A secure, prosperous and stable Africa is an enduring American interest:  indeed, it is an enduring global interest, and we will continue to engage actively with our African partners to advance peace and security through bilateral, regional, and multilateral channels.  For decades, the United States demonstrated this commitment through sustained efforts to build defense capacity, particularly through professional military education, grant assistance, security agreements, joint exercises, training, and military exchanges.

Our men and women in uniform, including many of my former comrades-in-arms, have fought, with honor, alongside African forces, shedding their blood in pursuit of security on this continent and beyond, from the fight against AQIM and ISIS in the west, to the struggle against al Shabbab in the east.  We honor the sacrifices all of our forces have made.

And the United States will honor, as well, its commitments to Africa as we strive with you, and with the international assembly of militaries who join us here today, to achieve security, and lasting peace.

Peace: rukna as-samāḥati tha-ġra as-salām.  What is the relevance of this to our work in the battles against the vicious militant threats driving this year’s Flintlock exercise?

The answer is if we truly desire peace to take root, then the mission of our security forces in countering violent extremism cannot be only to defeat our enemies; it must be to ensure that an environment exists that does not nurture their re-growth.

We must prove to citizens they are valued by their governments, that their inalienable rights matter.  Avoidable civilian casualties, unauthorized searches, and sexual abuse are completely unacceptable.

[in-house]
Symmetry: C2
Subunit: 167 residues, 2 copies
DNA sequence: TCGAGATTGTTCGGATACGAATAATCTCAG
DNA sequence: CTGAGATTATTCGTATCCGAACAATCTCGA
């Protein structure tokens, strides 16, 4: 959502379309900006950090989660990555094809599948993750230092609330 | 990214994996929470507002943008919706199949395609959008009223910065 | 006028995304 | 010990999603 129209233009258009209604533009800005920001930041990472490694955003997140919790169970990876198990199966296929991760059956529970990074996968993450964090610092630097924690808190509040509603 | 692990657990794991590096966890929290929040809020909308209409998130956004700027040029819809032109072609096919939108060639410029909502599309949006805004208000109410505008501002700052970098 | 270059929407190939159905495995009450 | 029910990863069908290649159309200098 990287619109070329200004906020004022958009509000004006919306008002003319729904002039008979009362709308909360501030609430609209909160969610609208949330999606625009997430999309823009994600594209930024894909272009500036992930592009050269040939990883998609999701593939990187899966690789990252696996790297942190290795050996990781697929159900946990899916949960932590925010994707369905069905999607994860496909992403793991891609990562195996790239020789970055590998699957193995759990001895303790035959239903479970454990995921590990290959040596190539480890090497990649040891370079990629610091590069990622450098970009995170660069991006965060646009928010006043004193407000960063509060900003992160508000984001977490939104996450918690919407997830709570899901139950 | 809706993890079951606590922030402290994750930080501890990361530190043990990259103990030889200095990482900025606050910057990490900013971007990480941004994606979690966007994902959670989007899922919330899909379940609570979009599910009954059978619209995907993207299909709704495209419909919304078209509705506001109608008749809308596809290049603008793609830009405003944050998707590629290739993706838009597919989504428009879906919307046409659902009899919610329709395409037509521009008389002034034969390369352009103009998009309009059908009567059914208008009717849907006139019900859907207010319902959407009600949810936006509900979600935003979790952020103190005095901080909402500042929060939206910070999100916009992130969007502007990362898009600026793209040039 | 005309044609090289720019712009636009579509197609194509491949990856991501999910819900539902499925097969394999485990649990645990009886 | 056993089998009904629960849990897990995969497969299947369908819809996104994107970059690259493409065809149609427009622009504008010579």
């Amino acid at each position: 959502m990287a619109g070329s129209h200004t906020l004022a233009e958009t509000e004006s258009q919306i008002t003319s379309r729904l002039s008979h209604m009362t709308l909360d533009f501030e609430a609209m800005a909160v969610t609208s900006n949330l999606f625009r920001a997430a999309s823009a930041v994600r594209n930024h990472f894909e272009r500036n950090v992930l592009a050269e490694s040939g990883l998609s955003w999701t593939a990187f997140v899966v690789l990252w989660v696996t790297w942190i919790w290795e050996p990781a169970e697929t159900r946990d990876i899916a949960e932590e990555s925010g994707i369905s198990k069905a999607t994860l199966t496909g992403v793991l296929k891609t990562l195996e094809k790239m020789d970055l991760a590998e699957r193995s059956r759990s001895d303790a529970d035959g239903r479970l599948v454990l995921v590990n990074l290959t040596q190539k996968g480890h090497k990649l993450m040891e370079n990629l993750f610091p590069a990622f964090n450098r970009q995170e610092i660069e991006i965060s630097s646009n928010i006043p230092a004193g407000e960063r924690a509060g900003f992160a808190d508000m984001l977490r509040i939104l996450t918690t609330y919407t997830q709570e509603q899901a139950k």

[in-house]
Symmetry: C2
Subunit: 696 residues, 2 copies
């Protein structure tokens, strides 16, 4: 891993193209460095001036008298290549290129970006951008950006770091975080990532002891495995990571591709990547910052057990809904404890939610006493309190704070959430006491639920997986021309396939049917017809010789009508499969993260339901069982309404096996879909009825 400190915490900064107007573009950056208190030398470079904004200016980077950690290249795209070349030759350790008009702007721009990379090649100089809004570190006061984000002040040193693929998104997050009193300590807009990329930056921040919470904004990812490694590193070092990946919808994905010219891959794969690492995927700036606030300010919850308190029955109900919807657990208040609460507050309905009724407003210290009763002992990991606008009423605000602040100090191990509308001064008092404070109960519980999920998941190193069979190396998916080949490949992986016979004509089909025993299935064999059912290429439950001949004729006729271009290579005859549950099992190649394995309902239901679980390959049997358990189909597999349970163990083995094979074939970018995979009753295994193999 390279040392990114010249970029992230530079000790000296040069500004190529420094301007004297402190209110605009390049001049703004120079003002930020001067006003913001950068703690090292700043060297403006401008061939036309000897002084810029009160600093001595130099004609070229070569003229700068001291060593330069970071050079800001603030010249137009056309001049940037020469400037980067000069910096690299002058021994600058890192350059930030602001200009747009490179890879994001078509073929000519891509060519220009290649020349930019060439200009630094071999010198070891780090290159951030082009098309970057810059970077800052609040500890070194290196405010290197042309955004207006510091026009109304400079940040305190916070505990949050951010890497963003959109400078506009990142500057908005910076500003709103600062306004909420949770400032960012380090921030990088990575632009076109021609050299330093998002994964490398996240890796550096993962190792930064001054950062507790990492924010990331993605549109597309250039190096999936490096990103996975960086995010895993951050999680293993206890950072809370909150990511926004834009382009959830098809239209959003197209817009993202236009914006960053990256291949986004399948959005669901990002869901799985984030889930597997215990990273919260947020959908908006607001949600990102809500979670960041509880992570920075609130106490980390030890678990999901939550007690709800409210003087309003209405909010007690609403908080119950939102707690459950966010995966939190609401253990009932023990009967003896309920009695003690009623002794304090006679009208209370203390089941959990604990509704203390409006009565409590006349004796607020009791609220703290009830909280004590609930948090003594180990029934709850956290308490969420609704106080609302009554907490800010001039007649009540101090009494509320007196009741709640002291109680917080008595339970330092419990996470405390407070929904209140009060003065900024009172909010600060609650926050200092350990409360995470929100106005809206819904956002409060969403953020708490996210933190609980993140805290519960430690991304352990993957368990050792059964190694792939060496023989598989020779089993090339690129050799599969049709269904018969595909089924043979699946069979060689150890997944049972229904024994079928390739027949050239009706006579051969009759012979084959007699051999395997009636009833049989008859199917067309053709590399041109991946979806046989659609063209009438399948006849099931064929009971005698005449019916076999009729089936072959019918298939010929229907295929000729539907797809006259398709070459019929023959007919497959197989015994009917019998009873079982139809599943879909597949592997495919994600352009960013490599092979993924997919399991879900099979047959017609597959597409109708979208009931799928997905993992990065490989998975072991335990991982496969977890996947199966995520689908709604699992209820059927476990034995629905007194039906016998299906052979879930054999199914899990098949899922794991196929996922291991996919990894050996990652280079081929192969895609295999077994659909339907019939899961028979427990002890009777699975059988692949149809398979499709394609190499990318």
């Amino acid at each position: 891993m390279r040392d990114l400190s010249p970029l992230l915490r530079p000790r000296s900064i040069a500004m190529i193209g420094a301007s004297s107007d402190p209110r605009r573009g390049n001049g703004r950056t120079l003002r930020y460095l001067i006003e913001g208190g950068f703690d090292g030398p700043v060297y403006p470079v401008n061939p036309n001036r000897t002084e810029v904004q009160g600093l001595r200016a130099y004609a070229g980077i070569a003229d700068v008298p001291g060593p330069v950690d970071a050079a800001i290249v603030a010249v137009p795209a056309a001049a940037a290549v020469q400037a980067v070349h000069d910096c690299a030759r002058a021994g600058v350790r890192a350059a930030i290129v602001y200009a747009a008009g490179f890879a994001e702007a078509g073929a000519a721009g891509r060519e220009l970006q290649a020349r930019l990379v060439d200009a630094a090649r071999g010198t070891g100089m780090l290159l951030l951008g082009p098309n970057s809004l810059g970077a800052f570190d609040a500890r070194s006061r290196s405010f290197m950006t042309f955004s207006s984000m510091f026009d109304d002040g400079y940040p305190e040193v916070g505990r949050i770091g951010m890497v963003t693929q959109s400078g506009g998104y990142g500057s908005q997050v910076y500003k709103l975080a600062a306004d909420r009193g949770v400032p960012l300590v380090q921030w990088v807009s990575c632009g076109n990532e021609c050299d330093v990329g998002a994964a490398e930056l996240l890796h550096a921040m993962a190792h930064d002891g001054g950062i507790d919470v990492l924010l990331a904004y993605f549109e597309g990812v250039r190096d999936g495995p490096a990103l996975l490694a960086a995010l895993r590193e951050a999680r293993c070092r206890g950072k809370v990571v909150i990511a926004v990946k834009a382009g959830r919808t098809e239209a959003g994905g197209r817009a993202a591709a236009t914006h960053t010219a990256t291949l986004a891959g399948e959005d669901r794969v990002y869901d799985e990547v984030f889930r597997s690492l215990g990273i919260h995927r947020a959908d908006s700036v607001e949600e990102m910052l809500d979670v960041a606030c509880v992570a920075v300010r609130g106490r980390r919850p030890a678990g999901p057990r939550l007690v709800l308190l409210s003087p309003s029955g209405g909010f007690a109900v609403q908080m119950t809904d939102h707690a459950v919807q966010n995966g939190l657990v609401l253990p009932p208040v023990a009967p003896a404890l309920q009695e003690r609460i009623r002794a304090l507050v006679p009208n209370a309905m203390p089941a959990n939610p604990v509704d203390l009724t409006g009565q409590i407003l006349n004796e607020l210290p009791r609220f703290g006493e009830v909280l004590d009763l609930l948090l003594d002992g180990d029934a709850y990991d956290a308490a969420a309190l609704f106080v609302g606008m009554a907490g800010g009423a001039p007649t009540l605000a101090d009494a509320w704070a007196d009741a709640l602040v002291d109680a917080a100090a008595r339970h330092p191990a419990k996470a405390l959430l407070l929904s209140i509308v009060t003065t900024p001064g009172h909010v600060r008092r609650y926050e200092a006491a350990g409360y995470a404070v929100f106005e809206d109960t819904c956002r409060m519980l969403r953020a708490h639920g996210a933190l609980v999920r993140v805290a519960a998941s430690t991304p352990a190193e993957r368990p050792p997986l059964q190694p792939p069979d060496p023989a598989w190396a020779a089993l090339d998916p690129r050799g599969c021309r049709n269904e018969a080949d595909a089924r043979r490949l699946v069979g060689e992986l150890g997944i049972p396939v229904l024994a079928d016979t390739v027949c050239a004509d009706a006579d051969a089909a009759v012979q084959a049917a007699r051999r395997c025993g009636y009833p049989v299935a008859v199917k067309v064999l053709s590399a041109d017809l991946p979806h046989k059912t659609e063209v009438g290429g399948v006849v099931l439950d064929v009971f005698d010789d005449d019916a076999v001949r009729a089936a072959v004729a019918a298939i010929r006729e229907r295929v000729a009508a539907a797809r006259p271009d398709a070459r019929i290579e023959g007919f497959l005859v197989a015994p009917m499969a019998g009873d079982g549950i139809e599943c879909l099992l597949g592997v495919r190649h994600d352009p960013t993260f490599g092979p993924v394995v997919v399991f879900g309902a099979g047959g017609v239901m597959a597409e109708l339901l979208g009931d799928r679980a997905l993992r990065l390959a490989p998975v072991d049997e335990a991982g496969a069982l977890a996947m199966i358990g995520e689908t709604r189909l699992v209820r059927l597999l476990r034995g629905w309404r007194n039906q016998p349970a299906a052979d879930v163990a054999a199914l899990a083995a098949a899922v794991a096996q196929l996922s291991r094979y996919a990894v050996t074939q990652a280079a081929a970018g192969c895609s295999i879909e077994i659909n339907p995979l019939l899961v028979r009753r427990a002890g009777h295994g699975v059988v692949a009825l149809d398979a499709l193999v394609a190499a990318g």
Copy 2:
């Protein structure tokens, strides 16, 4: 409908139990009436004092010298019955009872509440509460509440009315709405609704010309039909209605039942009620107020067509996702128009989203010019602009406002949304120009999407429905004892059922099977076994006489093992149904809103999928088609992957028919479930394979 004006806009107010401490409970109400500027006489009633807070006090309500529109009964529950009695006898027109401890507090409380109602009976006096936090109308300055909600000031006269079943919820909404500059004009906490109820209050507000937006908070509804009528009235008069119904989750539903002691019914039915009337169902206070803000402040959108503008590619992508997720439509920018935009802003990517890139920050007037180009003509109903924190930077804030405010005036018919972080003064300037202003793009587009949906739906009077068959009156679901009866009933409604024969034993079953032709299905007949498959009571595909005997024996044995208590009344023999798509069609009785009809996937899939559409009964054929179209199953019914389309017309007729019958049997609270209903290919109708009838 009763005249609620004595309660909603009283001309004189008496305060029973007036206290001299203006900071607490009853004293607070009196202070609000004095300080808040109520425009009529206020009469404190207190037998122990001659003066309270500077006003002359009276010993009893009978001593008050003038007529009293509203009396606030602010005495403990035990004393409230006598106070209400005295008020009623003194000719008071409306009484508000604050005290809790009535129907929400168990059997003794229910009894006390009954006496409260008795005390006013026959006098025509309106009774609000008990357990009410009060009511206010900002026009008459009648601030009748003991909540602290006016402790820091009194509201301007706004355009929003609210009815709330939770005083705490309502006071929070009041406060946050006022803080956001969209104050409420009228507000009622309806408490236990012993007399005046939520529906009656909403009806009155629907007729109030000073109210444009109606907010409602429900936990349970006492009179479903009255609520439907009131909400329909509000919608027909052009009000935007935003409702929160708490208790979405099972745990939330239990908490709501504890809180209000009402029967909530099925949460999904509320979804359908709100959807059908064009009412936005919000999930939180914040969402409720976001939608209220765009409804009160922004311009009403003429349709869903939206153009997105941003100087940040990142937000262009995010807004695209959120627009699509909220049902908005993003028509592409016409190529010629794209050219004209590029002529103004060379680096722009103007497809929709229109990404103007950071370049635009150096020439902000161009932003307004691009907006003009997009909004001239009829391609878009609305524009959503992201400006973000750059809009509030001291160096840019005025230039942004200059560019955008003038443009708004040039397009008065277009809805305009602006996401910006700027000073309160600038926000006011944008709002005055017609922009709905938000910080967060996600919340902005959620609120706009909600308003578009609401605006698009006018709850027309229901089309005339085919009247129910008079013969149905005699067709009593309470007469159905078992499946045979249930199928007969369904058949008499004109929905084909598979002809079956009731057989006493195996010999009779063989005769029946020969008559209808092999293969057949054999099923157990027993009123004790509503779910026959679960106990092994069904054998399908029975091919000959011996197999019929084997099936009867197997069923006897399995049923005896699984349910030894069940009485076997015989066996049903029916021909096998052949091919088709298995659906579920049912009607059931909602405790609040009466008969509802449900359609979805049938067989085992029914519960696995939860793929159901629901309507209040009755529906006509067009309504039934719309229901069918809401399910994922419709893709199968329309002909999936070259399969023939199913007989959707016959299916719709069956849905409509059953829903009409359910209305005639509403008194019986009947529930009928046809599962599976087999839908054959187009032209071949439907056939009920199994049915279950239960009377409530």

Furthermore, this type of behavior may convince civilians that security forces are not on their side, thus making our enemies’ arguments for them.  Challenging extremism requires us to challenge ourselves to do better.

One of the core focuses of Flintlock exercise over the years is on civil-military relations, at the heart of which, is reconciliation – between civilian populations of varying identities, and between the security forces and the civilian populations.  Reconciliation – forgiveness – truly is the opening to peace.

I have spoken today of partnership, of commitment.  But you, the forces and observers of these many nations from around the world, you have regularly practiced them.

From the desert plateau of Adrar to the leafy streets of Thies, you have exercised, you have bonded, you have exchanged skills of the battlefield and stories of home, you have become the embodiment of our nations’ common desire for a safer world built upon professional security, respect for the rule of law, and healthy cooperation and partnership.

On behalf of the United States Government, to all of you, and particularly to our African partners, my sincere thank you, shook-ran, merci.  And a special thank you again, to the hosts of this Exercise, Senegal and Mauritania.

Looking out over this multinational audience of professional soldiers, security personnel, and civilian leaders, one thing is absolutely clear to me, and to all of us, and to all of those watching in capitals around the world:  At Flintlock 2020, harmony has sprung forth! Ayā Mūrītāni rabī’i al-wi’ām!

U.S. Department of State